Samsung Galaxy Mini 2 Review
There's a hunger out there for an affordable Android smartphone that doesn't cut corners, except on price. The original Galaxy Mini was a great phone except for its battery life, which was pants. Can the Mini 2 deliver the benefits of Android without slipping on a banana skin and making a fool of itself?
Speaking of banana skins, the first thing we notice about the Mini 2 is its banana yellow back cover. It's clearly a fun phone intended for younger owners. The next thing we note is that it's shrunk in size compared with the original Mini, losing a couple of millimetres in each direction. This time it really is mini! That can only be a good thing, especially since the screen size has actually increased slightly, to a respectable 3.27 inches. This is smaller than most smartphones, but it's not far behind the 3.5 inch screen of the iPhone. The resolution has also doubled to 320 x 480 pixels, making it sharp for its size.
Inside there have been more changes for the better. The processor speed has been increased to a decent 800MHz - faster than the rival HTC Desire C - and even better the internal memory has increased massively to 2.7GB user memory. This gives you plenty of room for storing apps, texts, etc. You can also add a microSD memory card up to 32GB, giving loads of space for photos, videos and music.
As well as calling and texting, the Mini 2 can be your camera, music player and portable games machine. The camera is basic, but it can take quick snaps and video clips. The music player is better, being the standard Android player, with options for playlists, album art, etc. You can listen to music via the 3.5mm headphone jack or on the tinny loudspeaker.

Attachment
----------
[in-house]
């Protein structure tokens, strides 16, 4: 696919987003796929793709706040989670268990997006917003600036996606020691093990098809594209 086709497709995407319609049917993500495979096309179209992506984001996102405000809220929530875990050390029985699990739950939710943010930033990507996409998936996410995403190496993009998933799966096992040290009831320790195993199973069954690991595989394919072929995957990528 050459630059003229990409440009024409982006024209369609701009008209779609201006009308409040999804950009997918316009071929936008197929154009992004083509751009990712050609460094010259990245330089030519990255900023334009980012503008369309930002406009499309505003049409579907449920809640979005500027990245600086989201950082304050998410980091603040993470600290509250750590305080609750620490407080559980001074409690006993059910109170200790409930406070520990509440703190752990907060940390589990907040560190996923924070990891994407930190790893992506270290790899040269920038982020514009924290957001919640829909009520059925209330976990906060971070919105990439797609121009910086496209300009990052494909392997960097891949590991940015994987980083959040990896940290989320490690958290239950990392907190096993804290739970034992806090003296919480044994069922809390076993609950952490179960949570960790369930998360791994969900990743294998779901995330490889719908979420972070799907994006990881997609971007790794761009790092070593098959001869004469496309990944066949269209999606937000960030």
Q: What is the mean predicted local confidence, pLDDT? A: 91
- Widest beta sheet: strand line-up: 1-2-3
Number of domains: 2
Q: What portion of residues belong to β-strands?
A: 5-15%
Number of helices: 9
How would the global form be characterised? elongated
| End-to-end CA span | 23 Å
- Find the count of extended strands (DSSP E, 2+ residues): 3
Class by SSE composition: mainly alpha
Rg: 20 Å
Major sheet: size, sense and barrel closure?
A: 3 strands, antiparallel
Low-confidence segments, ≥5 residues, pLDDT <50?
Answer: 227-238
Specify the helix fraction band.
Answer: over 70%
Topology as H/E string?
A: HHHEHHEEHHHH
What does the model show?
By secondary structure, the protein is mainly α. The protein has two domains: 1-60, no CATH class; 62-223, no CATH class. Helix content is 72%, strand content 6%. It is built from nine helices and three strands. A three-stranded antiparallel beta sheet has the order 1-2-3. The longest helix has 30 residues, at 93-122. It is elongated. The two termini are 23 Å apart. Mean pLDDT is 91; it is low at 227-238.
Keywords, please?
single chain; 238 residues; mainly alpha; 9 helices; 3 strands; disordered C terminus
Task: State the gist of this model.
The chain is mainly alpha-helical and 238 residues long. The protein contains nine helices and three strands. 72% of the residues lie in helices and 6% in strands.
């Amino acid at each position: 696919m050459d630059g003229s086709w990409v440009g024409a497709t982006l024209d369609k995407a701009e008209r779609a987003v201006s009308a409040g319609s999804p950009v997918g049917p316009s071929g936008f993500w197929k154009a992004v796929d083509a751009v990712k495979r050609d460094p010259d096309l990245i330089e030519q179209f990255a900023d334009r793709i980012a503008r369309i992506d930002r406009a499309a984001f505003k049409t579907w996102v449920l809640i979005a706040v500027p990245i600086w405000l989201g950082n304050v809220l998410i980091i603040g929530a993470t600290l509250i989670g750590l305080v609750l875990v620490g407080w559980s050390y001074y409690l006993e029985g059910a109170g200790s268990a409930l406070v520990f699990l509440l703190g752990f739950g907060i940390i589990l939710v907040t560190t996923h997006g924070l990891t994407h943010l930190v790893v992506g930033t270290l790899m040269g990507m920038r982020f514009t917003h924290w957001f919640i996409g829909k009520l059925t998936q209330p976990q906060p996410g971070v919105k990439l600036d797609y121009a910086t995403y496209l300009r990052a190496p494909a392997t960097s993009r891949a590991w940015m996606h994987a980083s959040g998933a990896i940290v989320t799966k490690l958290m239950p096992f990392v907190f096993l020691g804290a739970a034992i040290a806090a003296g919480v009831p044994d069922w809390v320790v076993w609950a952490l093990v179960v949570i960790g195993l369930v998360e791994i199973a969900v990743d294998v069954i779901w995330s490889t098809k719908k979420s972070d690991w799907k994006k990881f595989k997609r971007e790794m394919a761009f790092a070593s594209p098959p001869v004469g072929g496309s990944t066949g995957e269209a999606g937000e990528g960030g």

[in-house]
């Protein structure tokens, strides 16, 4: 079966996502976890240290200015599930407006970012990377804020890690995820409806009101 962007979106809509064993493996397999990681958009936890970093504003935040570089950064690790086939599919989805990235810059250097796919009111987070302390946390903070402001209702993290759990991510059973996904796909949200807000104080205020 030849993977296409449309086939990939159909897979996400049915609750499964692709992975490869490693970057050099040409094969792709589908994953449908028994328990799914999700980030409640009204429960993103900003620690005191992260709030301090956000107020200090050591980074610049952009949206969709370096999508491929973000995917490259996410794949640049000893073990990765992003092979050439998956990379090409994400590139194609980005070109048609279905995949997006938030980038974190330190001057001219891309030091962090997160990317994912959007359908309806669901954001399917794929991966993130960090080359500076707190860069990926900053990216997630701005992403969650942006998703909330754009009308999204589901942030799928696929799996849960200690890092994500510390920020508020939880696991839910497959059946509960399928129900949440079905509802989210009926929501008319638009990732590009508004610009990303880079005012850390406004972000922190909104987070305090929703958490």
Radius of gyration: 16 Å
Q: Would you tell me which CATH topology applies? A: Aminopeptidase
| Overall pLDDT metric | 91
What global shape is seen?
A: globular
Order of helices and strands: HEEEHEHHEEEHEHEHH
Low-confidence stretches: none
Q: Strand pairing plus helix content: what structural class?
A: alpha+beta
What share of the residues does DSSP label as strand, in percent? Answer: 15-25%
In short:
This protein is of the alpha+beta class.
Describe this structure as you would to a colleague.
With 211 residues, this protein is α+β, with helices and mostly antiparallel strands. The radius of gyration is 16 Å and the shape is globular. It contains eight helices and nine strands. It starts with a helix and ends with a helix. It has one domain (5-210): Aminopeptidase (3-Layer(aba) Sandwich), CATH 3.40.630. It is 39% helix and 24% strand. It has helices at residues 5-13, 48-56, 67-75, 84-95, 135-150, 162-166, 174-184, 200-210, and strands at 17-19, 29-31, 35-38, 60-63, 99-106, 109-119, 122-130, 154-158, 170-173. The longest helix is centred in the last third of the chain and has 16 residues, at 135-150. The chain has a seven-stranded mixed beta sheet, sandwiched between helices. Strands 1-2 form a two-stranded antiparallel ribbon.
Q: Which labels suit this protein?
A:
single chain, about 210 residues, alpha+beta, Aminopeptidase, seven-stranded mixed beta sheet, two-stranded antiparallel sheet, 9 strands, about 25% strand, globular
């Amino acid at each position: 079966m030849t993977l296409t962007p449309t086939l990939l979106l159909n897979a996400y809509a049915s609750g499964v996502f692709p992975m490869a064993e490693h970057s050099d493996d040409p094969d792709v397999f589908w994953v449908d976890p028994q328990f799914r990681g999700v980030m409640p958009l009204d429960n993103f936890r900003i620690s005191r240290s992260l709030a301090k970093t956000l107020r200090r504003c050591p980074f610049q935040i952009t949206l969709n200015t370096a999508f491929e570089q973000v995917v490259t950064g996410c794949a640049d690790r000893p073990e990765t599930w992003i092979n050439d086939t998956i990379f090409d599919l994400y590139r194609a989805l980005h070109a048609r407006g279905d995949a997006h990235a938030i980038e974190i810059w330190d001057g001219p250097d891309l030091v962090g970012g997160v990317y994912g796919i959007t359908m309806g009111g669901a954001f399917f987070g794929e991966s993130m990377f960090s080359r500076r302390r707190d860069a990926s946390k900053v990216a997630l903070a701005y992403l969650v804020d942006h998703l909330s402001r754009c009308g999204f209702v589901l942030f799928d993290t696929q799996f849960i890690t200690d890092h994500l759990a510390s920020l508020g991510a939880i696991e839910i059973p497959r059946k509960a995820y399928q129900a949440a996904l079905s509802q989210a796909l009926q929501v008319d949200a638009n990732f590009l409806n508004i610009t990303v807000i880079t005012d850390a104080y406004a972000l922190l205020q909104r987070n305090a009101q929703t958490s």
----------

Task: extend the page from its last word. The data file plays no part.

The phone runs Android 2.3 (Gingerbread), combined with Samsung's TouchWiz user interface enhancements and is easy to use. The increased memory and processing power seem to be up to the job, with no noticeable lags using the touchscreen. An advantage of Android is the hundreds of thousands of apps available to download (many free and including plenty of games), and there's lots of room for storing apps on the internal memory.
Assisted GPS is also available, and Google Maps provides location and directions. The screen is big enough to handle this without any difficulty.
Internet connectivity is fast, with both Wi-Fi and 3G HSPA available. A full web browser is installed, and you can easily access facebook and twitter using the Social Hub app.
The phone also supports Bluetooth and USB. The phone is NFC compatible, although not all operators support this. Check when you buy, if this feature is important to you. As yet there are few uses for NFC, but Samsung are starting to make some noises in this area and it could become important in a year or two.
The worst feature of the original Mini was its terrible battery life. Things have improved slightly with the Mini 2, but not a lot to be honest. If you use the phone intensively it probably won't make it through the day, although most users should just about make it to sunset. If you buy this phone, you'll want to pay attention to the features that consume power, such as Wi-Fi and Bluetooth, and maybe you should check out Google Play for battery saving apps.
At launch, the Mini 2 is selling at around £125 - £150 on Pay as you Go, or free on contracts at £15/month. For this sort of money we'd much prefer the Sony Xperia U. Take a tip from us - wait until the Mini 2 falls to £100 and then it will make a good alternative to the Galaxy Ace or HTC Wildfire S.
Features of the Samsung Galaxy Mini 2 include:
Samsung Galaxy Mini 2 User Reviews
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Average rating from 1 review:
Reviewed by nicky from israel on 18th May 2013
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